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Israel-Hamas war: Two years spent in father’s bunker, then Hitler’s brothers died, now why Netanyahu remembered Anne Frank

Anne Frank’s Story: Remembering the Author of ‘The Diary of a Young Girl’


In the midst of the Israel-Hamas conflict, Israeli Prime Minister Benjamin Netanyahu took a moment to remember Anne Frank, the renowned author of ‘The Diary of a Young Girl.’ He stated, “It feels as though Anne Frank’s story has returned, hauntingly chilling. But unlike the Holocaust, today, we have a nation, an army, and people who can fight. We’re not just fighting our war, but we’re fighting for all civilized nations and all civilized people.” He appealed to the world to stand together against Hamas, much like the world united against the Nazis, and to put an end to it. In this article, we delve into the life of Anne Frank, understanding why her diary continues to captivate the hearts and minds of people even today.

Anne Frank’s Early Life

Anne Frank was born in 1929 in the German city of Frankfurt. Her sister Margot was three years her senior. This was a time when Adolf Hitler and his party were gaining more support. Hitler harbored a deep-seated hatred for Jews and held them responsible for the country’s problems. Unemployment was rampant, and poverty was pervasive in Germany.

Due to the growing anti-Semitic sentiments and worsening economic conditions, Anne’s parents, Otto and Edith Frank, made the decision to move to Amsterdam. There, Otto established a company that produced pectin, a gelling agent used in making jam.

Life in the Netherlands

In the Netherlands, Anne began to feel at home. She made new friends and attended a Dutch school near her home. Otto worked tirelessly to make his business successful, although it wasn’t easy. He also made an attempt to start a business in England, which unfortunately failed. However, their fortunes improved when they began selling spices and herbs in addition to pectin.

The German Occupation of the Netherlands

On September 1, 1939, when Anne was just ten years old, Nazi Germany invaded Poland, marking the beginning of World War II. Shortly after, on May 10, 1940, the Nazis also invaded the Netherlands. Five days later, the Dutch army surrendered to the invaders.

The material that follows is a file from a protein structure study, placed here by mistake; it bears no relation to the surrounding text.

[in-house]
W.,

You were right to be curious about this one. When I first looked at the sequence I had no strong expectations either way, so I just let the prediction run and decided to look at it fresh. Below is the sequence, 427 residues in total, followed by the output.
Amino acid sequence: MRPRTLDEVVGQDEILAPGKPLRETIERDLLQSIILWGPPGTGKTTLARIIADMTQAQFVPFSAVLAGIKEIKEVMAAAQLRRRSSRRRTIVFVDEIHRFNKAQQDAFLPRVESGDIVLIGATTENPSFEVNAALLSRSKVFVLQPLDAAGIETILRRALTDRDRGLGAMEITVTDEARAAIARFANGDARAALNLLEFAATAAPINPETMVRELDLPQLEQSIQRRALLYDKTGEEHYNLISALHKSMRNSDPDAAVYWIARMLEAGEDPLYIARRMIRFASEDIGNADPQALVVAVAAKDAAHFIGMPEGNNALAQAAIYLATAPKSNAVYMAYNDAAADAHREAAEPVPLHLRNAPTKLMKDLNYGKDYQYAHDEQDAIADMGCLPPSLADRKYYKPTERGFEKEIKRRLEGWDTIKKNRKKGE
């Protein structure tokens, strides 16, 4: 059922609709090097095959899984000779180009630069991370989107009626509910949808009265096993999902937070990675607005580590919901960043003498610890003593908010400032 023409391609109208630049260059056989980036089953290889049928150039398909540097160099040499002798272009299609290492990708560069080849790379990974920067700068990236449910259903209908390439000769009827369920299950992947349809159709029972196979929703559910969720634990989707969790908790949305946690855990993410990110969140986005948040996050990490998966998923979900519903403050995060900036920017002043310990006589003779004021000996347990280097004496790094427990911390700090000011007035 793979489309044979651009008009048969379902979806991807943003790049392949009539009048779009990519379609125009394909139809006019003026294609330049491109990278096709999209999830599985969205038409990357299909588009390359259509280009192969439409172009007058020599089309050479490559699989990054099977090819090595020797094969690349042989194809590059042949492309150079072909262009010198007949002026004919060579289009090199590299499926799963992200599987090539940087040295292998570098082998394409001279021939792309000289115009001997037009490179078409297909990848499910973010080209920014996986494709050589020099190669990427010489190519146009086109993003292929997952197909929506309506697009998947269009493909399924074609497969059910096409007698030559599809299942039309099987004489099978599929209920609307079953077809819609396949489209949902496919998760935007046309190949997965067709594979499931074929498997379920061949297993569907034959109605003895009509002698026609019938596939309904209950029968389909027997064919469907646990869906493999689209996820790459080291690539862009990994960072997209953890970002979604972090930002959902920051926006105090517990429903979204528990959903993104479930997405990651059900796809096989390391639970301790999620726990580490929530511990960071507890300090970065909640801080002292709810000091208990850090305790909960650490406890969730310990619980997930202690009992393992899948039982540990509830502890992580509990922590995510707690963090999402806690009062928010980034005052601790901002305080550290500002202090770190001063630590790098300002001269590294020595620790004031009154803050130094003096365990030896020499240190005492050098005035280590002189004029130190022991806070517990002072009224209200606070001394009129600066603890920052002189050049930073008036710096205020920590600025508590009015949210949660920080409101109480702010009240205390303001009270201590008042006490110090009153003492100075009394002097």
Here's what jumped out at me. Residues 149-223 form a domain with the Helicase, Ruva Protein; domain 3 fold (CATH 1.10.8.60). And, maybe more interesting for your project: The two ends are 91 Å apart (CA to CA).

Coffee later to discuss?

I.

Gradually, the Nazis imposed more and more laws and regulations that made life difficult for the Jews. For example, Jews were not allowed to visit parks, cinemas, or non-Jewish stores. These restrictions further limited Anne’s world.

With Jews required to wear a yellow Star of David on their clothing, the Franks decided it was time to go into hiding. In 1942, Anne and her family, along with four others, went into hiding in a secret annex prepared by Otto. They received help from former colleagues and friends.

Life in hiding was far from easy. Anne had to remain very quiet and often felt fearful. However, during this time, she was given a diary as a birthday present. She started to document her experiences, writing short stories and even beginning a novel. Writing helped her pass the time and cope with her situation.

Discovery and Capture

Unfortunately, on August 4, 1944, the police discovered Anne, her family, and the others in hiding. They were arrested and sent to various concentration camps. Anne, Margot, and their mother were sent to the women’s camp at Auschwitz, while Otto was held in a men’s camp.

In early 1945, Anne and Margot contracted typhus and died within a short period of time. Tragically, their father Otto was the sole survivor in their family. After his release from Auschwitz, he returned to Amsterdam and eventually learned about the fate of his daughters and his wife.

The Diary

On Anne’s thirteenth birthday, she received a diary, which she began to write in just before going into hiding. Her writings during those two years became the now-famous “Diary of a Young Girl.” The diary not only documents the trials and tribulations of life in hiding but also showcases Anne’s remarkable talent as a writer.


Anne Frank’s diary, published shortly after her death, quickly became one of the most important books in the world. It has been translated into over 70 languages, and its enduring message of hope and resilience continues to touch people’s hearts. Anne’s story serves as a stark reminder of the horrors of the Holocaust and the need to never forget the past.


Anne Frank’s story is a powerful testament to the indomitable spirit of a young girl in the face of unimaginable adversity. Her diary, which has transcended time and language, serves as a beacon of hope, reminding us of the importance of tolerance, understanding, and unity in a world that often grapples with conflict and hatred.